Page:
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Fauna Series No. 3







Faunal Position

Life Zones







Fauna of the National Parks — No. 3
Birds and Mammals of Mount McKinley National Park
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Geology of the Mount McKinley Region

NUMEROUS inquiries regarding the supposedly volcanic origin of Mount McKinley have come to my attention and I am led, therefore, to quote the following data from Bulletin 687 of the United States Geological Survey, The Kantishna Region, Alaska by Stephen R. Capps. On page 22 of this bulletin the following statement appears:

Although the outermost range of foothills is composed dominantly of altered igneous rocks, the other foothill ranges and the main Alaska Range south of this region may he said to be composed primarily of material of sedimentary origin, with which are associated minor amounts of igneous material. The range is therefore the result of the folding and uplift of old sediments rather than a mountain mass formed by the injection of large quantities of molten intrusive rocks or by the upbuilding of a great mass of volcanic flows.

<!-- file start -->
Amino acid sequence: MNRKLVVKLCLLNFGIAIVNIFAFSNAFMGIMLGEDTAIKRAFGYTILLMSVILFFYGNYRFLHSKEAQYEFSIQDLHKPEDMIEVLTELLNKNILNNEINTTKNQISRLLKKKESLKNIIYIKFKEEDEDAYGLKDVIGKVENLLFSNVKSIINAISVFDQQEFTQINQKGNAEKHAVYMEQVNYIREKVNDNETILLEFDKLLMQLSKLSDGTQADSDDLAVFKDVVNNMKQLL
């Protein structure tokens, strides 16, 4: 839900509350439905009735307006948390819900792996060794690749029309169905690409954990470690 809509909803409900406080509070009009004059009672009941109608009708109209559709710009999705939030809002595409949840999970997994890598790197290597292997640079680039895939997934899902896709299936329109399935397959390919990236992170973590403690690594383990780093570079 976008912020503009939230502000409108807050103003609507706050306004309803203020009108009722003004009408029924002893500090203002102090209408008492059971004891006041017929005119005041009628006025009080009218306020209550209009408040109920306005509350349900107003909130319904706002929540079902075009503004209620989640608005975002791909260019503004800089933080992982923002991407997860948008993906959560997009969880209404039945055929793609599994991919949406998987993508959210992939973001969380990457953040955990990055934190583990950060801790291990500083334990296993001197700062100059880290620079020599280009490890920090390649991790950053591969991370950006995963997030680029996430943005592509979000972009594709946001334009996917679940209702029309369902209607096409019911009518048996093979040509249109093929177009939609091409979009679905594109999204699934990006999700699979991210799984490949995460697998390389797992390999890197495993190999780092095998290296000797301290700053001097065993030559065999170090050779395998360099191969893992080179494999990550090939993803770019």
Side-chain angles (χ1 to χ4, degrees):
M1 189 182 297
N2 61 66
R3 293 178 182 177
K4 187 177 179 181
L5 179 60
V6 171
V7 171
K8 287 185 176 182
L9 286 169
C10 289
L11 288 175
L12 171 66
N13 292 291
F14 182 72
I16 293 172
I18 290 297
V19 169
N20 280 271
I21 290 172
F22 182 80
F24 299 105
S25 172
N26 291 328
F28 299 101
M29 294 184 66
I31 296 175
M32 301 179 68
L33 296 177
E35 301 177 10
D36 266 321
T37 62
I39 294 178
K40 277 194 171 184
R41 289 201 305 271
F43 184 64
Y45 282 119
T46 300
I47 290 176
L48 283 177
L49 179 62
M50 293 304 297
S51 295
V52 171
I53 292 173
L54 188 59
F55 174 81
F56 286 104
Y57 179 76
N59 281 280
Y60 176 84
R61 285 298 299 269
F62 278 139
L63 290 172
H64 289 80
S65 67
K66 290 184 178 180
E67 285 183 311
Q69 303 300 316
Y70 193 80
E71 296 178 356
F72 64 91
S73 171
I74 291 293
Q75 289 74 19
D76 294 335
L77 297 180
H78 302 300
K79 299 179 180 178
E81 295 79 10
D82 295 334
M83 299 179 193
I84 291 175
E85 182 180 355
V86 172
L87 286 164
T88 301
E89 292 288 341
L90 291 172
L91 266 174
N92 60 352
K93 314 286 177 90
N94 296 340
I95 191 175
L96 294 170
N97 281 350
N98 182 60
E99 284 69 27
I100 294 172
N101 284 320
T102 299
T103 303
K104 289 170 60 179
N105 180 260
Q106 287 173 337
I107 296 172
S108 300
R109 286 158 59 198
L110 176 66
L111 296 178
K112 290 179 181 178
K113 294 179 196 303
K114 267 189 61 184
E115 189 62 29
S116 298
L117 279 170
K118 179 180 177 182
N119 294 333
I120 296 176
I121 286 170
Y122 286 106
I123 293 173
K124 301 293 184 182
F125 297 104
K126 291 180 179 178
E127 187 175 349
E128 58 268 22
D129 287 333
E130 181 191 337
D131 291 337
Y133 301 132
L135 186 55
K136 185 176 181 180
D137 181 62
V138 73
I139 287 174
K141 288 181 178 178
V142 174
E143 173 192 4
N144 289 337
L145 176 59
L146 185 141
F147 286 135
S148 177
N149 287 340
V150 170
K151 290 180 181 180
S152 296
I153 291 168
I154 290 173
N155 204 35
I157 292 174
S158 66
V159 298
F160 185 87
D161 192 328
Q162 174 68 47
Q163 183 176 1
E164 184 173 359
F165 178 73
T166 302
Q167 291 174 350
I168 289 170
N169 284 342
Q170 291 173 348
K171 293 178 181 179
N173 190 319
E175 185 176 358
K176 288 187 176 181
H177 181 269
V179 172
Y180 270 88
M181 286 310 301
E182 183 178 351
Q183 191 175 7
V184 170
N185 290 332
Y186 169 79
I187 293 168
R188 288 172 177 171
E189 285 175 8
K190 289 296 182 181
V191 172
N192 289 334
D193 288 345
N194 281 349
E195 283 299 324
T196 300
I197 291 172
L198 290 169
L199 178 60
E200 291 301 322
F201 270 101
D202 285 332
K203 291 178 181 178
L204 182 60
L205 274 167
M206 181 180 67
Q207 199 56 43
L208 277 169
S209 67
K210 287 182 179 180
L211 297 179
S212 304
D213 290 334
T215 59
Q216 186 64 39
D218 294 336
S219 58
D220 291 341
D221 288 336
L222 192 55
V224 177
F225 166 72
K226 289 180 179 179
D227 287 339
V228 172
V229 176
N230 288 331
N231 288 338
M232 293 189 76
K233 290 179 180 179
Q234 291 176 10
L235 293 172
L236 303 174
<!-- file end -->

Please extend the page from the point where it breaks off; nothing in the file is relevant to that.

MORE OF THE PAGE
On page 71 of the same bulletin, when speaking of the origin of Mount McKinley, the author says:

An important geologic event that occurred during the closing stages of the Mesozoic era or at the beginning of the Tertiary period was the uplift of a part of the Alaska Range, probably along its present axis. This movement was the first of a series of uplifts, that by their combined movements have given rise to the range that now contains the loftiest peak on the continent, Mount McKinley.

map of park
Figure 1.—Map of Mount McKinley National Park.
(click on figure for an enlargement in a new window)

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Last Modified: Thurs, Oct 4 2001 10:00:00 pm PDT

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